Differentiated Services QOS

Discussion in 'Cisco' started by bsudbury, Jan 23, 2005.

  1. bsudbury

    bsudbury Guest

    Hi There,

    We are colocated in a datacenter where we are charged for traffic on a
    95th percentile basis. ie. Our interface transmit and receive rates are
    sampled every five minutes and at the end of the month the top 5% of
    figures are discarded, we are then charged for the highest figure in
    the remaining lot.

    We have a situation where we would like to create two classes of
    traffic which we will call gold and bronze. The idea is that gold class
    would continue to burst to meet demand while bronze has a base amount
    of bandwidth available to it but can expand during off peak times. So,
    we might define a peak time as when gold traffic is at or above 10Mbps.
    And we might define the minimum traffic for bronze traffic as 1Mbps.

    In this case the amount of bandwidth available to bronze traffic should
    be defined by the following.

    GoldPeak = 10Mbps
    BronzeMinimum = 1Mbps
    GoldCurrent = The current gold bandwidth

    So at any point in time:

    If GoldPeak > GoldCurrent

    BronzeBandwidth = GoldPeak - GoldCurrent + BronzeMinimum

    Otherwise

    BronzeBandwidth = BronzeMinimum

    My current solution for this involves using snmp to check the current
    bandwidth level and then changing the aggregate policer throttle for
    Bronzetraffic (defined by ACL) using tftp and snmp.

    This should work, but suffers from the fact that the throttle is only
    defined periodically. What I would really like is something more
    realtime.

    I figured that there may be some way to do this within the qos settings
    without needing an external program or system. I am using a cisco 3550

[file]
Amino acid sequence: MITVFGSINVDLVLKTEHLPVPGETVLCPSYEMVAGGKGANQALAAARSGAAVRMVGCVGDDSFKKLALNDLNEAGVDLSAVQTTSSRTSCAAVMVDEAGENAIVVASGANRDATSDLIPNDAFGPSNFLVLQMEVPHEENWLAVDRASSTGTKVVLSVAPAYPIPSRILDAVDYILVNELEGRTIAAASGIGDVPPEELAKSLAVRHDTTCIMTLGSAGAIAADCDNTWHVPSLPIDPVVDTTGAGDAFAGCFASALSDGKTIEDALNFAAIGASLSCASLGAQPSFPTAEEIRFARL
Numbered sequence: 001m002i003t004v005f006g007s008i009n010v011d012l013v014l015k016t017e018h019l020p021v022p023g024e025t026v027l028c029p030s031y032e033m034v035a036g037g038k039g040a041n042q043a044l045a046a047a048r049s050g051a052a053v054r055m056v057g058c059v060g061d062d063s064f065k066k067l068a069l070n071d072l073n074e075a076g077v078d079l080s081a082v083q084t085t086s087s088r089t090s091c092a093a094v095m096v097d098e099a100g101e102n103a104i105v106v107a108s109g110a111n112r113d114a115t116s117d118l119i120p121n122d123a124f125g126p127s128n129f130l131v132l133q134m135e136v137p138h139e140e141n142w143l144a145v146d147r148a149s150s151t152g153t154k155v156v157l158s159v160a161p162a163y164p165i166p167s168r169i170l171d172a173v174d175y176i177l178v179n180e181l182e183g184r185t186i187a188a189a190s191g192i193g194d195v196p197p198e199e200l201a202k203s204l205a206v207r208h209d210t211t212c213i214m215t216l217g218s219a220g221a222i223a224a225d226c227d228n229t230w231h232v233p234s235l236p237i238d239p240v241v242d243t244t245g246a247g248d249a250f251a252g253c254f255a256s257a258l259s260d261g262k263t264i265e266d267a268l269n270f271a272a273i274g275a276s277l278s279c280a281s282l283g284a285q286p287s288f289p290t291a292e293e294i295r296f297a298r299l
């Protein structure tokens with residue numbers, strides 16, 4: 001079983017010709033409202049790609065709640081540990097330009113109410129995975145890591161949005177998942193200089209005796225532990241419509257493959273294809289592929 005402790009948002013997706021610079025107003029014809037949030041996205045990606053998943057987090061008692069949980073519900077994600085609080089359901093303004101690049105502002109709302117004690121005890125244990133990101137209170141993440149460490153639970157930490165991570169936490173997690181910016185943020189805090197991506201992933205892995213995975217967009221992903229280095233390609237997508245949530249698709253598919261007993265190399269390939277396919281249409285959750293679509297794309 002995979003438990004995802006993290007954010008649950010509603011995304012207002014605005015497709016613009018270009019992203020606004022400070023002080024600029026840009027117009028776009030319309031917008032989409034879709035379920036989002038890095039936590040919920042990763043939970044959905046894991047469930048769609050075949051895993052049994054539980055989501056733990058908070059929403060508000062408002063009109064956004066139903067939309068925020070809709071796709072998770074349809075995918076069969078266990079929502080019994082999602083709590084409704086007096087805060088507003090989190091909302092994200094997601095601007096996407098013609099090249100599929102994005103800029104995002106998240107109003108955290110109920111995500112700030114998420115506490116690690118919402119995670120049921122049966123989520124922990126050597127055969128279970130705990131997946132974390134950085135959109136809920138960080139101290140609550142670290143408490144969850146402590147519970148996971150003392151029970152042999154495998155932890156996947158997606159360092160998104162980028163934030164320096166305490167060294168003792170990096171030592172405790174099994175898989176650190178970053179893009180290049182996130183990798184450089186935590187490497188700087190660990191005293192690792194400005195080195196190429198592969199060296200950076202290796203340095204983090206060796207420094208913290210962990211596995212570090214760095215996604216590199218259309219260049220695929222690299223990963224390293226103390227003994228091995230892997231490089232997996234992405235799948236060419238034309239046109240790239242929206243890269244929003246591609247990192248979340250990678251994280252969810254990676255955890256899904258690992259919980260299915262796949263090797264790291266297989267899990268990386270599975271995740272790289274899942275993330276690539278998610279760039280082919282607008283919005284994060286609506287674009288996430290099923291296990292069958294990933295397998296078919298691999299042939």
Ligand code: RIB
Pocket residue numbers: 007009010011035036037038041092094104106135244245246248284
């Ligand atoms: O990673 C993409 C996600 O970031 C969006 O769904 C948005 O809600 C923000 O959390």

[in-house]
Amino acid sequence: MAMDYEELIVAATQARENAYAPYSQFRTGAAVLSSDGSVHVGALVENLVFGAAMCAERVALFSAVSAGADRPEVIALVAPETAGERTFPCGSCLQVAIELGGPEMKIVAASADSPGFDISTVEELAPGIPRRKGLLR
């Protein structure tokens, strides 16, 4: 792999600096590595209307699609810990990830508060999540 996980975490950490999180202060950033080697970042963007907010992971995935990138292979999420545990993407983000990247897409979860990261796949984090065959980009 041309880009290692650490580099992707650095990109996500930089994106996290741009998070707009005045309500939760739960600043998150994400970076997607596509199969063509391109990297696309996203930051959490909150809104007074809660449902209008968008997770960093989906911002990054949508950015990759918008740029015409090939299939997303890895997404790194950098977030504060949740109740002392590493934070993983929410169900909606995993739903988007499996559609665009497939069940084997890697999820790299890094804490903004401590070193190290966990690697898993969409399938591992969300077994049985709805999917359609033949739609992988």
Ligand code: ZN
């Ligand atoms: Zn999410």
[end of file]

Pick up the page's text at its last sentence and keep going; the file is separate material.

to do this.

    Any assistance (directions to examples of similar configs, pointers,
    howto's) would be greatly appreciated.

    Regards,


    Ben Sudbury
     
    bsudbury, Jan 23, 2005
    #1
    1. Advertisements

  2. :We are colocated in a datacenter where we are charged for traffic on a
    :95th percentile basis.

    :The idea is that gold class
    :would continue to burst to meet demand while bronze has a base amount
    :eek:f bandwidth available to it but can expand during off peak times.

    :If GoldPeak > GoldCurrent
    :BronzeBandwidth = GoldPeak - GoldCurrent + BronzeMinimum
    :Otherwise
    :BronzeBandwidth = BronzeMinimum

    Seems a bit complicated.

    Would it perhaps work out to define the 'gold' traffic into
    the high priority "deliver first" queue, and to define the 'bronze'
    through a best-efforts policer with a cap?
    I guess it depends on the behaviour you want in the extreme caes.
    Your algorithm has these implications that it would be good to
    explicitly confirm you want:

    - if 'gold' is currently using (say) 50 Mbit/s then you want gold
    customers to continue unthrottled, but meanwhile bronze should still
    receive a minimum of 1 Mbit/s ?

    - if there is no present gold traffic at all, bronze will be allowed
    up to 11 Mbit/s ?

    - bronze traffic will never be permitted past 11 Mbit/s, even if there
    is no gold traffic and even if the 95%th percentile because of the
    bursting gold is up around (say) 50 Mbit/s ? That is, that even when you
    know that your gold customers have peaked above N Mbit/s for more than
    37 hours so far this month, you would limit the bronze to 11 Mbit/s
    even though allowing them to go all the way up to the 95%th
    percentile would not increase your costs?
     
    Walter Roberson, Jan 24, 2005
    #2
    1. Advertisements

  3. bsudbury

    Ken Johnson Guest

    Have you examined Cisco Class-Based Waighted Fair Queueing and the
    "bandwidth" command? Sounds like it will do what you want.
     
    Ken Johnson, Jan 24, 2005
    #3
  4. :Have you examined Cisco Class-Based Waighted Fair Queueing and the